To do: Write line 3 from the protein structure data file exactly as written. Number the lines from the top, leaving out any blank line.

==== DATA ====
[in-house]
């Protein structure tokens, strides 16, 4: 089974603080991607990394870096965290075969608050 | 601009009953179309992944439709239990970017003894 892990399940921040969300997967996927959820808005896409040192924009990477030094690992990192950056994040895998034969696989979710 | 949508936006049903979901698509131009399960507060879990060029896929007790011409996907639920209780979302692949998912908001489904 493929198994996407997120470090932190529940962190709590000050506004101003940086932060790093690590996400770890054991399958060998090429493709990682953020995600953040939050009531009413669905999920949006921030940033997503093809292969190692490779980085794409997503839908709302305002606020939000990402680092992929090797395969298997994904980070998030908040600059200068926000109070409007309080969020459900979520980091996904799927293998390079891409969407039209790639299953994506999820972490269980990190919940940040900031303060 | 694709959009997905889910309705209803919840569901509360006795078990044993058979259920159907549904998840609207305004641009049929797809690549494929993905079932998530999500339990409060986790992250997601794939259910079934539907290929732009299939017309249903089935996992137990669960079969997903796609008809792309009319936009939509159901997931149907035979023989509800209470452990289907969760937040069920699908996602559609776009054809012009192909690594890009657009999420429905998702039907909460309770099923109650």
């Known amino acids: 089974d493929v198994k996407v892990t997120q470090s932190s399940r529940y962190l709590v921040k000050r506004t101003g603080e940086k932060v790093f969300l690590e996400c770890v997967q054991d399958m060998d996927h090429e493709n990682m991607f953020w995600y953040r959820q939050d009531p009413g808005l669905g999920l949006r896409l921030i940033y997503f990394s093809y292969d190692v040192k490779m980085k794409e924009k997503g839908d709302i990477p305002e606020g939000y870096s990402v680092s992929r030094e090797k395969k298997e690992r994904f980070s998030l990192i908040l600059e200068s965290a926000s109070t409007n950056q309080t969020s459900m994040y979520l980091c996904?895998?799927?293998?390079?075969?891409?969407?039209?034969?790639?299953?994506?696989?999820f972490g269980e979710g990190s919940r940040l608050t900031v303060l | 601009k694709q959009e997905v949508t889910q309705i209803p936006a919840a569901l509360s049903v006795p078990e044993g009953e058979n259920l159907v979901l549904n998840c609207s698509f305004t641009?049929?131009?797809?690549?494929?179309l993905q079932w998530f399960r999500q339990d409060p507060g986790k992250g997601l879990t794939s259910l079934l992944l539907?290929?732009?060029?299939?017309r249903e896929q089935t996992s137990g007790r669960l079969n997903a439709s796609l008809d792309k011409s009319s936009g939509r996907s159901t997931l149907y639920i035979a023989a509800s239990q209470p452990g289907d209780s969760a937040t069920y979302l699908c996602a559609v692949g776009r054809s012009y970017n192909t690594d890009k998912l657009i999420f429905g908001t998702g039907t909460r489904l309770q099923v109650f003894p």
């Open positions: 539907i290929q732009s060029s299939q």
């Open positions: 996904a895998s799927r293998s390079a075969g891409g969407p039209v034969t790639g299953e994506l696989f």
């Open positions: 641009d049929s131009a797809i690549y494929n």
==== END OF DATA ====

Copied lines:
């Known amino acids: 089974d493929v198994k996407v892990t997120q470090s932190s399940r529940y962190l709590v921040k000050r506004t101003g603080e940086k932060v790093f969300l690590e996400c770890v997967q054991d399958m060998d996927h090429e493709n990682m991607f953020w995600y953040r959820q939050d009531p009413g808005l669905g999920l949006r896409l921030i940033y997503f990394s093809y292969d190692v040192k490779m980085k794409e924009k997503g839908d709302i990477p305002e606020g939000y870096s990402v680092s992929r030094e090797k395969k298997e690992r994904f980070s998030l990192i908040l600059e200068s965290a926000s109070t409007n950056q309080t969020s459900m994040y979520l980091c996904?895998?799927?293998?390079?075969?891409?969407?039209?034969?790639?299953?994506?696989?999820f972490g269980e979710g990190s919940r940040l608050t900031v303060l | 601009k694709q959009e997905v949508t889910q309705i209803p936006a919840a569901l509360s049903v006795p078990e044993g009953e058979n259920l159907v979901l549904n998840c609207s698509f305004t641009?049929?131009?797809?690549?494929?179309l993905q079932w998530f399960r999500q339990d409060p507060g986790k992250g997601l879990t794939s259910l079934l992944l539907?290929?732009?060029?299939?017309r249903e896929q089935t996992s137990g007790r669960l079969n997903a439709s796609l008809d792309k011409s009319s936009g939509r996907s159901t997931l149907y639920i035979a023989a509800s239990q209470p452990g289907d209780s969760a937040t069920y979302l699908c996602a559609v692949g776009r054809s012009y970017n192909t690594d890009k998912l657009i999420f429905g908001t998702g039907t909460r489904l309770q099923v109650f003894p």